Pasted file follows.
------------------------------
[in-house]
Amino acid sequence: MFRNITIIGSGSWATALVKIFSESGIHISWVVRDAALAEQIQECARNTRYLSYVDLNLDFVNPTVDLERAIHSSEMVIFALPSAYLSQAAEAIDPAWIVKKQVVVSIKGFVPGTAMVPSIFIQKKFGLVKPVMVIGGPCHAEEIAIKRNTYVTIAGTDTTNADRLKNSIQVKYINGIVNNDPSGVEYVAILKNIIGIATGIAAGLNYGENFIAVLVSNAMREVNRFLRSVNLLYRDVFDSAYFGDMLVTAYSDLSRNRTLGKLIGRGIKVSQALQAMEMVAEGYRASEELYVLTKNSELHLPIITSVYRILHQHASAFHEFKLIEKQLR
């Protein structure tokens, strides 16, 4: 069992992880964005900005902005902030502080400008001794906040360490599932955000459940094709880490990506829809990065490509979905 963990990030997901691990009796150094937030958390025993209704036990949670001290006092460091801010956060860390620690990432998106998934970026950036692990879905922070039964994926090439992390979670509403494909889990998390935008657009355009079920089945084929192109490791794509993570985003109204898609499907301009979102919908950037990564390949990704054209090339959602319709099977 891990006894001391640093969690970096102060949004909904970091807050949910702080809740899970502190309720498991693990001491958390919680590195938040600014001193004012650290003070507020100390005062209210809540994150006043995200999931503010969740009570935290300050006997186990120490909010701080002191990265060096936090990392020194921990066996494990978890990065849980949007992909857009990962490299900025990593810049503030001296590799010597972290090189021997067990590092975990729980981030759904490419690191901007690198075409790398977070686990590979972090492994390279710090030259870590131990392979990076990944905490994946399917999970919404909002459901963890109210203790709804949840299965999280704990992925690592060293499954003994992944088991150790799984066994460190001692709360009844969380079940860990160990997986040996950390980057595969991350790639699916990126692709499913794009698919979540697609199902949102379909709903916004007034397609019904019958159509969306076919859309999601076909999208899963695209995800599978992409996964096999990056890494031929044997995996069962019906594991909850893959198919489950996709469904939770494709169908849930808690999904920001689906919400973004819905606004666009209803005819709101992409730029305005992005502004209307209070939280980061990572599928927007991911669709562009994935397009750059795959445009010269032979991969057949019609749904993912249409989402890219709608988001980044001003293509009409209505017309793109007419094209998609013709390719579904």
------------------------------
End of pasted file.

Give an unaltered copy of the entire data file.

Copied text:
[in-house]
Amino acid sequence: MFRNITIIGSGSWATALVKIFSESGIHISWVVRDAALAEQIQECARNTRYLSYVDLNLDFVNPTVDLERAIHSSEMVIFALPSAYLSQAAEAIDPAWIVKKQVVVSIKGFVPGTAMVPSIFIQKKFGLVKPVMVIGGPCHAEEIAIKRNTYVTIAGTDTTNADRLKNSIQVKYINGIVNNDPSGVEYVAILKNIIGIATGIAAGLNYGENFIAVLVSNAMREVNRFLRSVNLLYRDVFDSAYFGDMLVTAYSDLSRNRTLGKLIGRGIKVSQALQAMEMVAEGYRASEELYVLTKNSELHLPIITSVYRILHQHASAFHEFKLIEKQLR
């Protein structure tokens, strides 16, 4: 069992992880964005900005902005902030502080400008001794906040360490599932955000459940094709880490990506829809990065490509979905 963990990030997901691990009796150094937030958390025993209704036990949670001290006092460091801010956060860390620690990432998106998934970026950036692990879905922070039964994926090439992390979670509403494909889990998390935008657009355009079920089945084929192109490791794509993570985003109204898609499907301009979102919908950037990564390949990704054209090339959602319709099977 891990006894001391640093969690970096102060949004909904970091807050949910702080809740899970502190309720498991693990001491958390919680590195938040600014001193004012650290003070507020100390005062209210809540994150006043995200999931503010969740009570935290300050006997186990120490909010701080002191990265060096936090990392020194921990066996494990978890990065849980949007992909857009990962490299900025990593810049503030001296590799010597972290090189021997067990590092975990729980981030759904490419690191901007690198075409790398977070686990590979972090492994390279710090030259870590131990392979990076990944905490994946399917999970919404909002459901963890109210203790709804949840299965999280704990992925690592060293499954003994992944088991150790799984066994460190001692709360009844969380079940860990160990997986040996950390980057595969991350790639699916990126692709499913794009698919979540697609199902949102379909709903916004007034397609019904019958159509969306076919859309999601076909999208899963695209995800599978992409996964096999990056890494031929044997995996069962019906594991909850893959198919489950996709469904939770494709169908849930808690999904920001689906919400973004819905606004666009209803005819709101992409730029305005992005502004209307209070939280980061990572599928927007991911669709562009994935397009750059795959445009010269032979991969057949019609749904993912249409989402890219709608988001980044001003293509009409209505017309793109007419094209998609013709390719579904």